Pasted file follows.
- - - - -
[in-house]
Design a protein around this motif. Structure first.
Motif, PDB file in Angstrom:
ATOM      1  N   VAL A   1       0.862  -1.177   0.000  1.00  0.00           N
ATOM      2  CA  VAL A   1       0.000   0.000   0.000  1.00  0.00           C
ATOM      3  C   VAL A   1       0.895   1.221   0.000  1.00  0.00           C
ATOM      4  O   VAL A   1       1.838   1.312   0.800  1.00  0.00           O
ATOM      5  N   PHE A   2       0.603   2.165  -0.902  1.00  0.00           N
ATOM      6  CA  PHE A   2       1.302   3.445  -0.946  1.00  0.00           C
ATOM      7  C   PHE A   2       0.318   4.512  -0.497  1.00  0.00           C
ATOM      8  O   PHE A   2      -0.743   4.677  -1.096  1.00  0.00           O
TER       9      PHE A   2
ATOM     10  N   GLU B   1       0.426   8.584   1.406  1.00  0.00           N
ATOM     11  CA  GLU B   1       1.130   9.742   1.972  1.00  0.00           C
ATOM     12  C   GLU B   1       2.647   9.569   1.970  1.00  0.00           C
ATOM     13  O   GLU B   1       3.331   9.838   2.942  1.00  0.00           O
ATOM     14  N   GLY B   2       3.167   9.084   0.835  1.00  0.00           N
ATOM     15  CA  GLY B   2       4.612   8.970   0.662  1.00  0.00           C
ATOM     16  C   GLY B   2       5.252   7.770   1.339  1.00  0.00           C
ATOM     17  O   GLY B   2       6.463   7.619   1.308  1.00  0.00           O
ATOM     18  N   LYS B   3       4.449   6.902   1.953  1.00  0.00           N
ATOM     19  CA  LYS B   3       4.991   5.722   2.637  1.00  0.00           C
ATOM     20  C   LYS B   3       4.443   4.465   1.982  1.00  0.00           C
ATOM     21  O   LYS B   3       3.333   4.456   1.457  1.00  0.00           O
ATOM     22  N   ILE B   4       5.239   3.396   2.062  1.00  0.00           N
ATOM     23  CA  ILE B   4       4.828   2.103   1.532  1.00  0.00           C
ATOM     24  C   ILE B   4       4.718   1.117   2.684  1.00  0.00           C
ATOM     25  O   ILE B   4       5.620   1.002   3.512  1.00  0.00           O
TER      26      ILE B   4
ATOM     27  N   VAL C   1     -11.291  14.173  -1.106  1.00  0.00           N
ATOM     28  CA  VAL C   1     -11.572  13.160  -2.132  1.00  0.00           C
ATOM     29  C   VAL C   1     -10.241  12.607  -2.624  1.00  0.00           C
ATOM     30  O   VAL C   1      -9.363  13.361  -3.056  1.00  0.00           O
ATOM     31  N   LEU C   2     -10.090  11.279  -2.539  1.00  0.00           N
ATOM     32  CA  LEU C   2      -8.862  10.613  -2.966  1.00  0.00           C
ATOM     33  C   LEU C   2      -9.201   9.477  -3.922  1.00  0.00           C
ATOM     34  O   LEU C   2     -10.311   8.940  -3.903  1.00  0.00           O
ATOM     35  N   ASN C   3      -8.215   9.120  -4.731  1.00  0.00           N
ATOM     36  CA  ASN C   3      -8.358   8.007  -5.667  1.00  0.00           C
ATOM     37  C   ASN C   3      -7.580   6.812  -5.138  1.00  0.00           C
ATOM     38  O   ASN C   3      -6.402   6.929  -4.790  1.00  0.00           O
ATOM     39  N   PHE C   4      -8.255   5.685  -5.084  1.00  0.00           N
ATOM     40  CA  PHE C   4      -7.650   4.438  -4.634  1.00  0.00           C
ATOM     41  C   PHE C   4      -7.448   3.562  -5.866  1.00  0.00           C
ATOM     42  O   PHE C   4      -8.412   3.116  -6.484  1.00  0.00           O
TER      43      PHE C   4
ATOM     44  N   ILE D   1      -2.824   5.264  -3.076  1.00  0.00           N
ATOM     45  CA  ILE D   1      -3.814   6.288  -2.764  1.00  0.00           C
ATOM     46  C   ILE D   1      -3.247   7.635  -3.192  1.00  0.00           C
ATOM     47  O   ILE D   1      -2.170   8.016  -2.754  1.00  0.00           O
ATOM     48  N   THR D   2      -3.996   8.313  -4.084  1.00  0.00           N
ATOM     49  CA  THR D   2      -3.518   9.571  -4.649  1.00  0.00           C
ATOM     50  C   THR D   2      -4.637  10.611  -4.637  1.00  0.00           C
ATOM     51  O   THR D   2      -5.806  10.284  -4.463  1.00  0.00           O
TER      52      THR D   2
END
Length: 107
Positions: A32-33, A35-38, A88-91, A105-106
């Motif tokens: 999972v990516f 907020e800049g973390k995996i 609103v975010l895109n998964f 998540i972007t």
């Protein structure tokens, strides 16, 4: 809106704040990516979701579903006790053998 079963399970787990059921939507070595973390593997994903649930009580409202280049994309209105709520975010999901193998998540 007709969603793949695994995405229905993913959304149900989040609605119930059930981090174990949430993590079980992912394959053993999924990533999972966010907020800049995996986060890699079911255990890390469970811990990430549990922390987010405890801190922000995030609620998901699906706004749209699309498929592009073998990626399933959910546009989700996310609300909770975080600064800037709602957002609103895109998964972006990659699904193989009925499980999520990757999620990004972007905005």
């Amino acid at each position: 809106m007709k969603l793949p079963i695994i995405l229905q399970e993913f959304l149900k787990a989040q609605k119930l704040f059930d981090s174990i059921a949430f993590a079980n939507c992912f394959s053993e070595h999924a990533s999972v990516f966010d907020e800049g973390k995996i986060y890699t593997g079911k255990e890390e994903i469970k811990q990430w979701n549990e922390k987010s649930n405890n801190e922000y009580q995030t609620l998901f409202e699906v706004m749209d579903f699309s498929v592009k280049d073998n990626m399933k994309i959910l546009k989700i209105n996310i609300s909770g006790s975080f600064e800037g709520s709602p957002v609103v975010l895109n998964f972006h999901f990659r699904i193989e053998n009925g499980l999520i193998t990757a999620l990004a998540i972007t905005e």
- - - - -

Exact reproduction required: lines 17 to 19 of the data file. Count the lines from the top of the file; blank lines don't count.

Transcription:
ATOM     14  N   GLY B   2       3.167   9.084   0.835  1.00  0.00           N
ATOM     15  CA  GLY B   2       4.612   8.970   0.662  1.00  0.00           C
ATOM     16  C   GLY B   2       5.252   7.770   1.339  1.00  0.00           C